No. 07-3909 Bender v. United States to re-open proceedings on a matter decided and affirmed more than 15 years ago.1 Moreover, as explained below, even if we were to consider the sentence as newly discovered evidence, it would be to no avail. The subject sentence, included in a discussion of terms of the negotiated plea agreement, simply states: In the process of pretrial negotiations in this case, the defendant requested and the government agreed to dismiss the charges against the defendant's mother, Bertha Williams. Bender contends this statement, appearing in a brief authored by Assistant U.S. Attorney Sharon L. Long, contradicts testimony given by AUSA Long in the evidentiary hearing the day before. Long testified that Bender, through counsel, had made several requests during plea negotiations, including a request that the indictment pending against his mother be dismissed. Long testified that some of these requests were granted and some were not. She testified that a Sixth Circuit ruling issued since the filing of the superseding indictment against Bender's mother (charging her with money laundering) necessitated a re-evaluation of the charge against her. Long further testified that, in her plea negotiations with Bender, she never made the dismissal of the charge against Bertha Williams "contingent" on Bender's agreement to plead guilty.
Under Rule 60(c), a motion for relief from judgment "must be made within a reasonable time" and, when based on newly discovered evidence (that with reasonable diligence could not have been earlier discovered), must be filed no more than a year after entry of the judgment. Bender contends this one-year limitation does not apply here because he is seeking to set aside the judgment for fraud on the court. See Rule 60(d)(3). -4-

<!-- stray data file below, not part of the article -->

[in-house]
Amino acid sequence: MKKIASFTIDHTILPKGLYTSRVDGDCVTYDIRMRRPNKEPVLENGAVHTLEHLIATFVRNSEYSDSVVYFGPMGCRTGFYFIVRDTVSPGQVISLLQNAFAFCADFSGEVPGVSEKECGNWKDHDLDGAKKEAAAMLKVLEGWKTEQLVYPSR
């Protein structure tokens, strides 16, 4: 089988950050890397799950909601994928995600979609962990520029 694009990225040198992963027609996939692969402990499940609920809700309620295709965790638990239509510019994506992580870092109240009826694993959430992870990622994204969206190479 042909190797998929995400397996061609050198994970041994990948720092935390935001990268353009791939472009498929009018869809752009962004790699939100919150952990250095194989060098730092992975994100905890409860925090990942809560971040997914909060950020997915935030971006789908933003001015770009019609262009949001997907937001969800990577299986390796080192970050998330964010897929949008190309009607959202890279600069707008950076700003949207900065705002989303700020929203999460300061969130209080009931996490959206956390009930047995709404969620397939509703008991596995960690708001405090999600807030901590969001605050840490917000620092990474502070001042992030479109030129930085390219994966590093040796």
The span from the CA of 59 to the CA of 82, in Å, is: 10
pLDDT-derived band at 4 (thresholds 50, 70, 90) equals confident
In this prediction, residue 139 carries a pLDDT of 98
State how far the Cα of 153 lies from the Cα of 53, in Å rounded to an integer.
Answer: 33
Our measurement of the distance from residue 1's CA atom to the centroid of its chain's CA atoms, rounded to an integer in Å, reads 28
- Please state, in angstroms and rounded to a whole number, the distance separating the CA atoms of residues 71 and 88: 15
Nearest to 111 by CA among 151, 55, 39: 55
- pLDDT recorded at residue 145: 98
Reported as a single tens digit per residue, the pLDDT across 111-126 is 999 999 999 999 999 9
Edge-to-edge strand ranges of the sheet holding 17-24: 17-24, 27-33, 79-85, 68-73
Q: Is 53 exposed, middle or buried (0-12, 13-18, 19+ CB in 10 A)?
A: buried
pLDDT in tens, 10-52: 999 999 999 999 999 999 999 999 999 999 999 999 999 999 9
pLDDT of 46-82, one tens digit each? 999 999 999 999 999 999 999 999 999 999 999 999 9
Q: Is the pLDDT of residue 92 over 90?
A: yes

No. 07-3909 Bender v. United States Bender argued to the district court that the inconsistency between AUSA Long's two versions of the plea negotiations suggests the government perpetrated a fraud upon the court that undermines the denial of the motion to withdraw his guilty plea, The district court denied the motion. In this appeal, Bender insists the district court erred by invoking mootness as the reason for denying the motion. Citing Southwest Williamson County Cmty. Ass'n, Inc. v. Slater, 243 F.3d 270 (6th Cir. 2001), Bender correctly contends "[t]he test for mootness is whether the relief sought would, if granted, make a difference to the legal interests of the parties." Id. at 276 (quoting McPherson v. Michigan High Sch. Athletic Ass'n, 119 F.3d 453, 458 (6th Cir. 1997)). Bender argues that if the motion were granted, his guilty plea could be vacated, resulting in an obvious change in the legal interests of the parties. It follows, he argues, that the motion is not moot. In response, the government acknowledges the correctness of the above standard for mootness, but maintains Bender's motions were properly denied. We agree. We note initially that we may affirm the district court's decision on any grounds supported by the record even if different from the reasons relied on by the district court. Dixon v. Clem, 492 F.3d 665, 673 (6th Cir. 2007). Here, it is abundantly clear that denial of Bender's motion was dictated by the law of the case doctrine. Under the law of the case doctrine, "a decision on an issue made by a court at one stage of a case should be given effect in successive stages of the same litigation. United States v. Todd, 920 F.2d 399, 403 (6th Cir. 1990). Although the doctrine is not an inflexible limit on judicial power, a prior ruling will ordinarily be reconsidered only where: "(1) substantially different evidence is raised on subsequent trial; (2) where a subsequent contrary view of the law is decided by the controlling authority; or (3) where a decision is clearly erroneous and -5-